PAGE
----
Unaccompanied Minor Refugees in Canada

In 2016 Canada received 287 unaccompanied minor refugee claimants, a number which later increased to 492 in 2017, according to the Immigration and Refugee Board of Canada. Unaccompanied minors are those who arrive to the country under the age of 18 and without a legal guardian. In Canada, refugees arriving under a government or private sponsorship are given a set of supports to help start their lives, including assistance with housing, financial support for food and guidance about adjusting to life in a different country. In contrast, refugees arriving at the border unannounced do not receive this level of support.

Matthew House, which opened in 1998, is an organization that assists refugee claimants in Canada, including unaccompanied minors. Anne Woolger, founder of Matthew House and a refugee advocate, suggests that the growing number of unaccompanied minor refugee claimants arriving in Canada is a recent problem. She said, “I don’t remember seeing them back 30 years ago, period.” She added “Some of them are coming … 15-, 16-, 17-year-olds by themselves with no parents.” Furthermore, she stated that “They were coming from the same country, with same stories of persecution, torture, really heartbreaking … [then] they were literally numbered among the homeless.”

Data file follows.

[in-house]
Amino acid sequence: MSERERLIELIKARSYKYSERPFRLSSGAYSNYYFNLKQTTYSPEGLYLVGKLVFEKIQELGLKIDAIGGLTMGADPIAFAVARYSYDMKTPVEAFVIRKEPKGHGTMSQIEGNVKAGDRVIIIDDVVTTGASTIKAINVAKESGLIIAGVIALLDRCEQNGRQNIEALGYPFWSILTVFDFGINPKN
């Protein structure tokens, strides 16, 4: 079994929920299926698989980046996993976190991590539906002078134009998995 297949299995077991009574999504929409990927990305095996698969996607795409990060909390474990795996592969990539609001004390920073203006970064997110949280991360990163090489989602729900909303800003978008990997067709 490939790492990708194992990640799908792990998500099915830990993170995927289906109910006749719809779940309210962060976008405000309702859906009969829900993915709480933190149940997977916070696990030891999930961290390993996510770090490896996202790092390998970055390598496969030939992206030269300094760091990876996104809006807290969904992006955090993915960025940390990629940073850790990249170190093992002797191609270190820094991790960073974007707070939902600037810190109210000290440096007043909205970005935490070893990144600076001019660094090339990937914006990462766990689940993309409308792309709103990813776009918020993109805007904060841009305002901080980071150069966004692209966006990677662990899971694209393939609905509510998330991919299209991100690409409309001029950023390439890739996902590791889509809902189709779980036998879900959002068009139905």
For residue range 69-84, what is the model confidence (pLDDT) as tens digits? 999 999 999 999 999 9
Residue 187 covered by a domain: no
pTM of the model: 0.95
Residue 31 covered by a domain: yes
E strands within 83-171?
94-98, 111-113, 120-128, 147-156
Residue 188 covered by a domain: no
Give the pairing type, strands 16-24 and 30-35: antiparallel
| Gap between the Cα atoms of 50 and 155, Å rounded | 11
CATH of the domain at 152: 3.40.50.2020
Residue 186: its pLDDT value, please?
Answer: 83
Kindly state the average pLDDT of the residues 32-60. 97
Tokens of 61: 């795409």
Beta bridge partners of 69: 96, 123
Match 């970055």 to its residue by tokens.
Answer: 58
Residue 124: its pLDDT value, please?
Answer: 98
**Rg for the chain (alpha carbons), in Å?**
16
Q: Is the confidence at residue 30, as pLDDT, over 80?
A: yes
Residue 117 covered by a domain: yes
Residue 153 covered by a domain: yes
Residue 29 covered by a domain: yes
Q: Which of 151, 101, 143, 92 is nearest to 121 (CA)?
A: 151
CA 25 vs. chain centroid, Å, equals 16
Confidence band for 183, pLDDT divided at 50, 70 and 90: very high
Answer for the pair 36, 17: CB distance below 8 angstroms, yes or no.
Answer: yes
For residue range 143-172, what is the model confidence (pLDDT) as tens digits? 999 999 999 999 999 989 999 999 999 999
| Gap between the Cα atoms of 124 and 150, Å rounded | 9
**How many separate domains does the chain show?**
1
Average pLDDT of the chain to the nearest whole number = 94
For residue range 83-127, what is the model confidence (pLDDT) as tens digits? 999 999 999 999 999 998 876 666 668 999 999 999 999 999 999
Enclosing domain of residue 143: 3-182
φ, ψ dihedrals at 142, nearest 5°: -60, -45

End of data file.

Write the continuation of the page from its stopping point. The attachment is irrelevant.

The increasing number of unaccompanied minors seeking refugee status in Canada is a serious indication of the global issues that are driving poverty, inequality and conflict. These issues have considerably uprooted lives and forced many to seek refuge elsewhere. Homelessness is therefore a major problem for these people, as often these circumstances cause them to arrive unannounced and without a private or governmental sponsorship in place to access essential support services. An increase in housing for unaccompanied minors is certainly a necessary move for the future, as the services of private charitable organizations have shown that this resource significantly increases the safety of these young people.

As of now, 2018 stands on track to be the year with the highest number of refugee claims in Canada since records began. On a broader level, it is crucial to address the factors that lead to so many to claim refugee status globally. More methods to reach to families and individuals pre-emptively could lead to an easier process of seeking refugee status in Canada. Furthermore, having a comprehensive, fair and compassionate system to assist vulnerable individuals and populations in making their case for official refugee status in Canada is essential. Governments at all levels in Canada must therefore increase provision of comprehensive supports for this increasing number of refugees, including fair opportunities to present their cases at refugee hearings. The stories of unaccompanied minors seeking refuge in Canada are indicative of the power that strong support networks have in making a successful transition to life in a different country, especially for individuals escaping perilous conditions in their home countries and making perilous journeys to a place of refuge.